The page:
BootsnAll Travel Network



The Exit.

After so many loops that I was getting motorcycle sick, it was time to head out of Laos. With the death of all things electronic, the primary directive was to get those repaired. My 80% plan was to head across the Mekong from Pakse to the Thai border and on to the town of Ubon Ratchathani, Thailand’s largest eastern town. I had done some internet research and contacted an American expatriate living there. He had done some legwork and had found a few camera shops as well as many computer stores. The only hesitation was that the camera shops did not do repairs in house but rather shipped them back to Bangkok. He assumed there were some in-house repair places but did not know any off hand. As there was little chances of getting any electronic work done in Cambodia with the possibility of Siem Reap and the capital Phnom Penh, Cambodia didn’t seem as a positive option.

Having a few extra days left on the $2US per day extension that I had gotten, I figured I would make a run south to the Angkor Wat of Laos, Wat Phu Champasak. It was a quick run of less than 40 kms south of Pakse so I just hopped on the bike one morning and headed down. The Wat is located on the opposite side of the Mekong so it required taking a makeshift raft (two canoes with a platform lying across them) across. As were readying to push off, a girl got dropped off by a moto taxi guy and she joined our little group. She was carrying a massive pack so I figured she was going to stay at the nearby village to the Wat. The drop off point is kind of out of the way and with a very low traffic rate, getting transport to the Wat is not the easiest. I was hesitant about offering help as I had become bitter after the electronics disappointments but as she was a solo traveler and we need to take care of our own, I decided to offer her a ride. Angela was a French journalist working for a newspaper in Phnom Penh. She had a week off and was going to do the southern swing. Somehow, as it became apparent that transport was going to be difficult she somehow invited herself to not only a ride to the Wat but also a ride back to Pakse with me.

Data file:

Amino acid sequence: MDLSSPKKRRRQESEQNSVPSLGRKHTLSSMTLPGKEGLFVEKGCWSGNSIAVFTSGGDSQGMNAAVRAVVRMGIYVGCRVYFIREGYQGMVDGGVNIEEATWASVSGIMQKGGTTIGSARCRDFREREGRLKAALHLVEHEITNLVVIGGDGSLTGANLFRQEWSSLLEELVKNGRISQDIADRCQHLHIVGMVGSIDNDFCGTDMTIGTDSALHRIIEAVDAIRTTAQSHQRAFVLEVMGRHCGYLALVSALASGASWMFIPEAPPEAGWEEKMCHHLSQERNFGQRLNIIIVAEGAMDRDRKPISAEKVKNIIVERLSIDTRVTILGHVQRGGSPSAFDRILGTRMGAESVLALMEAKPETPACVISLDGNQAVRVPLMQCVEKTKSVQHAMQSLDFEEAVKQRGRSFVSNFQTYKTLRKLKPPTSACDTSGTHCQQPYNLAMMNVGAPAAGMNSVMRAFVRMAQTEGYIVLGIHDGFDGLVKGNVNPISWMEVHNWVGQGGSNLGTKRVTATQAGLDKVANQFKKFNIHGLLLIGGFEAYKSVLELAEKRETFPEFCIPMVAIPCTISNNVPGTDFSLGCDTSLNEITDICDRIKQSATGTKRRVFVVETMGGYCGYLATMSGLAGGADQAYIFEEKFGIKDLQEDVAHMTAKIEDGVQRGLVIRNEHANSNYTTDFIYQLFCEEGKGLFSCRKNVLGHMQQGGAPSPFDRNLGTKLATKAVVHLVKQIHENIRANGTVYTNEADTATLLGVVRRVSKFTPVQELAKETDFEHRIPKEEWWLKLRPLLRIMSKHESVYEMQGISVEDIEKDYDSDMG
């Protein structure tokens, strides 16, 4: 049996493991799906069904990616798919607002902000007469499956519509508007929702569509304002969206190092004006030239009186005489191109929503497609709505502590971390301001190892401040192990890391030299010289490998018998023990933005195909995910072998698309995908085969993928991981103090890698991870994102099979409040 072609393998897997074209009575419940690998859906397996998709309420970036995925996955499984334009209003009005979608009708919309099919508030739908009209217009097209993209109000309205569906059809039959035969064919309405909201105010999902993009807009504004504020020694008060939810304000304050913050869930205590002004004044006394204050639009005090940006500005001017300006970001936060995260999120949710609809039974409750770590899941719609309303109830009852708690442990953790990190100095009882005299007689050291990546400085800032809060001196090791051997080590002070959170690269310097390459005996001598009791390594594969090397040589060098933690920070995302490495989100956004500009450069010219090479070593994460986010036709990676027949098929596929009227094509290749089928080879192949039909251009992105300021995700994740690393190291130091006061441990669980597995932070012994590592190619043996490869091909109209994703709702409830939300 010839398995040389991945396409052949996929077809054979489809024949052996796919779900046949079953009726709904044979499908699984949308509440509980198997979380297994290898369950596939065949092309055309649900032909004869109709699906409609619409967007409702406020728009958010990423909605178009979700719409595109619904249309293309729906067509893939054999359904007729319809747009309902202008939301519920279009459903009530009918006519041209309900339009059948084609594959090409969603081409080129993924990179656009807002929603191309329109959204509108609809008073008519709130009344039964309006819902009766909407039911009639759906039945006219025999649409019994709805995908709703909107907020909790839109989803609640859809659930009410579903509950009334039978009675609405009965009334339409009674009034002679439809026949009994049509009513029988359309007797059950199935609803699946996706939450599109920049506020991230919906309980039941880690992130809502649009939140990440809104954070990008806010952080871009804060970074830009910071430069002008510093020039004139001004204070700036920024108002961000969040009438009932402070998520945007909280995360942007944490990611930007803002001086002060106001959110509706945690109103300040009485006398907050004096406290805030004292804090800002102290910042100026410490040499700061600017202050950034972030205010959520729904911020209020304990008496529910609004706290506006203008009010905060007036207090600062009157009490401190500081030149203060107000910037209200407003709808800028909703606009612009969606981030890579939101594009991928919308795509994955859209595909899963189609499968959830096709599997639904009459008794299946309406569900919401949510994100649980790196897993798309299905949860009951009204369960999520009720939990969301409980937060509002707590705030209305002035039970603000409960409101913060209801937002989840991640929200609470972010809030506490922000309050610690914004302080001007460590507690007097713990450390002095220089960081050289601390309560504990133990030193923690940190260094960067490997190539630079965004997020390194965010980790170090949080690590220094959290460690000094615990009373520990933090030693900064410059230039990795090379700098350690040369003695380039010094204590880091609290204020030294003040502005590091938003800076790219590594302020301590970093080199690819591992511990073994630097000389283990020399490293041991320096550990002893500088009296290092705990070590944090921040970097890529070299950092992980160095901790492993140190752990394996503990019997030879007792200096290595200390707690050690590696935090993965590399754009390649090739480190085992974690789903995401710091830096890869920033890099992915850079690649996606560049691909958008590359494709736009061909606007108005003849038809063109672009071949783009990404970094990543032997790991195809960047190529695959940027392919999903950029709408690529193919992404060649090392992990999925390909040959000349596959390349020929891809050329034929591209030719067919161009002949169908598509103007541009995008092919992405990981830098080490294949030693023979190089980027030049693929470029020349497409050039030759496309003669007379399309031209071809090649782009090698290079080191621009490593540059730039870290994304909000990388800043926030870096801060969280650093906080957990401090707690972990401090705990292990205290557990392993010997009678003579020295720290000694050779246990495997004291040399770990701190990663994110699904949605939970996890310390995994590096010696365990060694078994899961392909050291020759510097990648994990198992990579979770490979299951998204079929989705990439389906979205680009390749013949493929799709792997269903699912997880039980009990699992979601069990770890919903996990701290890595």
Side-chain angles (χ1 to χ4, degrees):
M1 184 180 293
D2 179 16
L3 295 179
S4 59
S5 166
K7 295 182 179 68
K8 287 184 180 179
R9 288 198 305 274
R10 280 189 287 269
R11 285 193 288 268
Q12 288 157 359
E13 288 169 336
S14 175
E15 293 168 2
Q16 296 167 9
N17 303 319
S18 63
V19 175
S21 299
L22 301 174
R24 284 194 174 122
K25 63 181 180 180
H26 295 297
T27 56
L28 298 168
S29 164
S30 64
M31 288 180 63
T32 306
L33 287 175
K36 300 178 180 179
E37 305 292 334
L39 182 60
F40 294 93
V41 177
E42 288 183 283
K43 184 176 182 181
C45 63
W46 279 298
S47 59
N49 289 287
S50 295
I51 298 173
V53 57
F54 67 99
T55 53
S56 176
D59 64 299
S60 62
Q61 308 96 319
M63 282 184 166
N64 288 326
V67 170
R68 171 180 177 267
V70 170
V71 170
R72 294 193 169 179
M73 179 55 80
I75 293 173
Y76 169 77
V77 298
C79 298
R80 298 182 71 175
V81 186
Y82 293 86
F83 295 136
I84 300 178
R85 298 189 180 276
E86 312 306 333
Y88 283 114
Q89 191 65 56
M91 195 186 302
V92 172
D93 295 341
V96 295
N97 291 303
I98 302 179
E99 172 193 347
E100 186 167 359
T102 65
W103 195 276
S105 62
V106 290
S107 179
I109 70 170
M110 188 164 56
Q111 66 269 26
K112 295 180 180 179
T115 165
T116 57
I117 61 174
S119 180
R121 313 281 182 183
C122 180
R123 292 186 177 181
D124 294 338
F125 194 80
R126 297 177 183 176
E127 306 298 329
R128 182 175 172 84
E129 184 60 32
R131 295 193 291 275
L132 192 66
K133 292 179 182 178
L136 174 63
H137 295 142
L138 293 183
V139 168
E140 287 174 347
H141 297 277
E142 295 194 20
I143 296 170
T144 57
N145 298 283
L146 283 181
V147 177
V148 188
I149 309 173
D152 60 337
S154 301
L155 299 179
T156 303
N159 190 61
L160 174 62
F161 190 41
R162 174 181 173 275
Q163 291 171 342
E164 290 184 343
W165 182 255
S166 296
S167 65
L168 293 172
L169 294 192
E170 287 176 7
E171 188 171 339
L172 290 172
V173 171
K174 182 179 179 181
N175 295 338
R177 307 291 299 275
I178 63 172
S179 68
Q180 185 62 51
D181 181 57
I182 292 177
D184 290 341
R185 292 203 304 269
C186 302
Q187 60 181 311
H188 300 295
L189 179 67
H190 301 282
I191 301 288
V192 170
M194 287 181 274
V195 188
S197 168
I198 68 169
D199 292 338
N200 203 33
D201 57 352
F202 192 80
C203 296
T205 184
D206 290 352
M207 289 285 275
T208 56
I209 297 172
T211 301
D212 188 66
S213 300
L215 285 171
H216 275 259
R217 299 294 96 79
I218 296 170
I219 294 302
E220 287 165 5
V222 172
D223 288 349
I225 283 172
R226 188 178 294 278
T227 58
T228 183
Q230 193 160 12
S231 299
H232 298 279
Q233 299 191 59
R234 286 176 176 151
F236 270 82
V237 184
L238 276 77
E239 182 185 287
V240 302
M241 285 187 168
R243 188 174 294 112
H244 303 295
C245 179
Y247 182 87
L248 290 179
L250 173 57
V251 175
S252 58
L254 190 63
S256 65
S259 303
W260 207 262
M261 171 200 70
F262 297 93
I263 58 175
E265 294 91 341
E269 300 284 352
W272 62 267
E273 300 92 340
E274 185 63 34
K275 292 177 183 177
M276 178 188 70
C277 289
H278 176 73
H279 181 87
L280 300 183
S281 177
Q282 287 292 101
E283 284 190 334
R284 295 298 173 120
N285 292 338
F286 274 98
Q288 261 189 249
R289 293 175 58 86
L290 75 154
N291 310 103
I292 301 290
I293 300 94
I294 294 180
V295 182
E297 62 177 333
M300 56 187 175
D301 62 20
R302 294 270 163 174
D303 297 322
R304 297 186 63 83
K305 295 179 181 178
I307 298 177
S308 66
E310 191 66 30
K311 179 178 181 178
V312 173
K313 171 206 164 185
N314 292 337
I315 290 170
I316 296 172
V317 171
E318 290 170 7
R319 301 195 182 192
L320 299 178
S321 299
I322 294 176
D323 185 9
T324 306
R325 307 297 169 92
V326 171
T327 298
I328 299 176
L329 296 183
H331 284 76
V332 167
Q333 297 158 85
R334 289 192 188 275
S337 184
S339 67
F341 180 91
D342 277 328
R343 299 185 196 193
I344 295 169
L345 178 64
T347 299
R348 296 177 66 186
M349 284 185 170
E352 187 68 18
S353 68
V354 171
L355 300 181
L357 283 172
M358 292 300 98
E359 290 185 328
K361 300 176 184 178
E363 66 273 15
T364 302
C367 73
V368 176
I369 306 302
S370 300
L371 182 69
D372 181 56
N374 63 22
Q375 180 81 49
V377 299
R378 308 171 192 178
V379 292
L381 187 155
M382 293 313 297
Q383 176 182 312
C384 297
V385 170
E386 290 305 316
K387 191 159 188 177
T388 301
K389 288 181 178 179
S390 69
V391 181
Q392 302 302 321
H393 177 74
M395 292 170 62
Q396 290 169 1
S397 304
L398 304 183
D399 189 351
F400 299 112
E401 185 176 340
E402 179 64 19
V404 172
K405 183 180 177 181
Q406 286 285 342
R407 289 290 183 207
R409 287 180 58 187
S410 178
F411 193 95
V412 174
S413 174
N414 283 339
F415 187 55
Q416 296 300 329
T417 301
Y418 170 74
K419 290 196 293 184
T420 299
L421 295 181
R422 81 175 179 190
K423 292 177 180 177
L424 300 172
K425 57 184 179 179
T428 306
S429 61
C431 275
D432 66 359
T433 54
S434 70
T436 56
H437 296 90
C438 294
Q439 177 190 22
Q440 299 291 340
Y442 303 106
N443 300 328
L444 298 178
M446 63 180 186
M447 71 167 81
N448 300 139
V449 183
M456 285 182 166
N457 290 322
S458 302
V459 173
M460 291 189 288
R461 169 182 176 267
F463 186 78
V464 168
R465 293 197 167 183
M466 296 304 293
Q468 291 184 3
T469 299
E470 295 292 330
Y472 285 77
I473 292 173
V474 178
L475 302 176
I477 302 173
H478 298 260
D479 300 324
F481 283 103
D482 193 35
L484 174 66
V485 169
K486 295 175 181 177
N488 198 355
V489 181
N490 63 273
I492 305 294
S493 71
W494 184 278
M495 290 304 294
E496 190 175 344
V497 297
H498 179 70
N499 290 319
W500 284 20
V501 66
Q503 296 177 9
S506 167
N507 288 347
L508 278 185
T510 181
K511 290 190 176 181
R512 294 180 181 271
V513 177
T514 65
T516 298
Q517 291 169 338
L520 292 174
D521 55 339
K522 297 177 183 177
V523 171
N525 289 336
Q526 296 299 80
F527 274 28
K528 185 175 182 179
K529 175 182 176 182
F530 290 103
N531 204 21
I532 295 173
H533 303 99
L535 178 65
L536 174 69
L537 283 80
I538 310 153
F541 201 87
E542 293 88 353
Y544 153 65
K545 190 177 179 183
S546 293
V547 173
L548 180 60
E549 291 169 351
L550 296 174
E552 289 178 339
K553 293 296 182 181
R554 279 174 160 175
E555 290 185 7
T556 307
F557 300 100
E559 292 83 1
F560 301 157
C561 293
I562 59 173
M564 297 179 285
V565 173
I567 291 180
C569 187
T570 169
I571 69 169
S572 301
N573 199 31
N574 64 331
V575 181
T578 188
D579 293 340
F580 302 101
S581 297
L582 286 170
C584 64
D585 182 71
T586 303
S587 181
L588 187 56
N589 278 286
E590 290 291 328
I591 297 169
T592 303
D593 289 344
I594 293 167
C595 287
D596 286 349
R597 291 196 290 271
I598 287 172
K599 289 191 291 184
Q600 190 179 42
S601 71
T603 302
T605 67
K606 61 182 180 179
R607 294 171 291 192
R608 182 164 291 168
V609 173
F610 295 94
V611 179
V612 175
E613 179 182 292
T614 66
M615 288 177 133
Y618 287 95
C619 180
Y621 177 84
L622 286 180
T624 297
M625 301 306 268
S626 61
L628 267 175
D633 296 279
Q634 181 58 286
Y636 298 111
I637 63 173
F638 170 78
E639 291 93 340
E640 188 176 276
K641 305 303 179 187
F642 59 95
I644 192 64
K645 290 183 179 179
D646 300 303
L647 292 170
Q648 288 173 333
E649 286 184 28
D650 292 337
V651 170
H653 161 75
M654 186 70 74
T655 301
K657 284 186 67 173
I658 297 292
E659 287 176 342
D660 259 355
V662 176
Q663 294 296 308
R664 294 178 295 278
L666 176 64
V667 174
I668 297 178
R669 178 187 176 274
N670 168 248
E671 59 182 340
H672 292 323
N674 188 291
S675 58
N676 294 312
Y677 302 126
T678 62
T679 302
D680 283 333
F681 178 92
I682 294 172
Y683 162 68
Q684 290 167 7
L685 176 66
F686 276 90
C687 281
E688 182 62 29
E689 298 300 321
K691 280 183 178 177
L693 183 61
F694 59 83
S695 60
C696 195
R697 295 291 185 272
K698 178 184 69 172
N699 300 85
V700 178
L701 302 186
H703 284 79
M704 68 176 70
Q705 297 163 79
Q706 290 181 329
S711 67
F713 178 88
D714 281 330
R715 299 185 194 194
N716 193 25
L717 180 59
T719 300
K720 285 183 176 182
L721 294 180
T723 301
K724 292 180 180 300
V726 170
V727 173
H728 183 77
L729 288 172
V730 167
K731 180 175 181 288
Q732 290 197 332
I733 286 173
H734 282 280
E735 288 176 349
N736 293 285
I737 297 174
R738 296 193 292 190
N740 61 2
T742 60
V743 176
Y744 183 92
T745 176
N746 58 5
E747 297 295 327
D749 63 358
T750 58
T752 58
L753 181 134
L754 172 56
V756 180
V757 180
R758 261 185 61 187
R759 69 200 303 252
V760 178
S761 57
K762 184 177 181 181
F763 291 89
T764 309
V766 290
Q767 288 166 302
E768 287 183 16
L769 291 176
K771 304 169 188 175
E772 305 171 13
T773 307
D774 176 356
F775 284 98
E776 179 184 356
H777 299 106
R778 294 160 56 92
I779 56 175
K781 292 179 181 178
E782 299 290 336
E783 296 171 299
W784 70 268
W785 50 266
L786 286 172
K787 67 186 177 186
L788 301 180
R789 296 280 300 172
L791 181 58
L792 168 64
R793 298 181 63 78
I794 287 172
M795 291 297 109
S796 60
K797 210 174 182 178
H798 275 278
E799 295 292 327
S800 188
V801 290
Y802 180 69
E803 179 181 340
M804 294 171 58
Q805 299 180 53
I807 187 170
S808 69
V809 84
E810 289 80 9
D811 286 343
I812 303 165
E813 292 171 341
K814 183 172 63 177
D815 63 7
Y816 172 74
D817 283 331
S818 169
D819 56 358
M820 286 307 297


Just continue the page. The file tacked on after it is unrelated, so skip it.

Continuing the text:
The Wat was so-so interesting but the info I got was priceless. I told Angela of my camera woes as she was packing a nice DSLR, and she sold me on Phnom Penh when she guaranteed that I could get my camera fixed there as the many photographers there get their cameras fixed without a problem. I was somewhat debating on the validity of PP as a capital city should outweigh a large outlying city in Thailand. With Angela’s info, my ratio of options flip flopped with Cambodia going 90% and Thailand 10%. The reason for the larger percentage was that by going to Cambodia I would be able to travel through the rarely visited north and north east going from the most used overland border with Thailand to the least used in Cambodia. When options present themselves, the harder one is always more interesting.

So off to Cambodia we go.



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One response to “The Exit.”

  1. Karie says:

    It’s nice to see your happier then before 🙂

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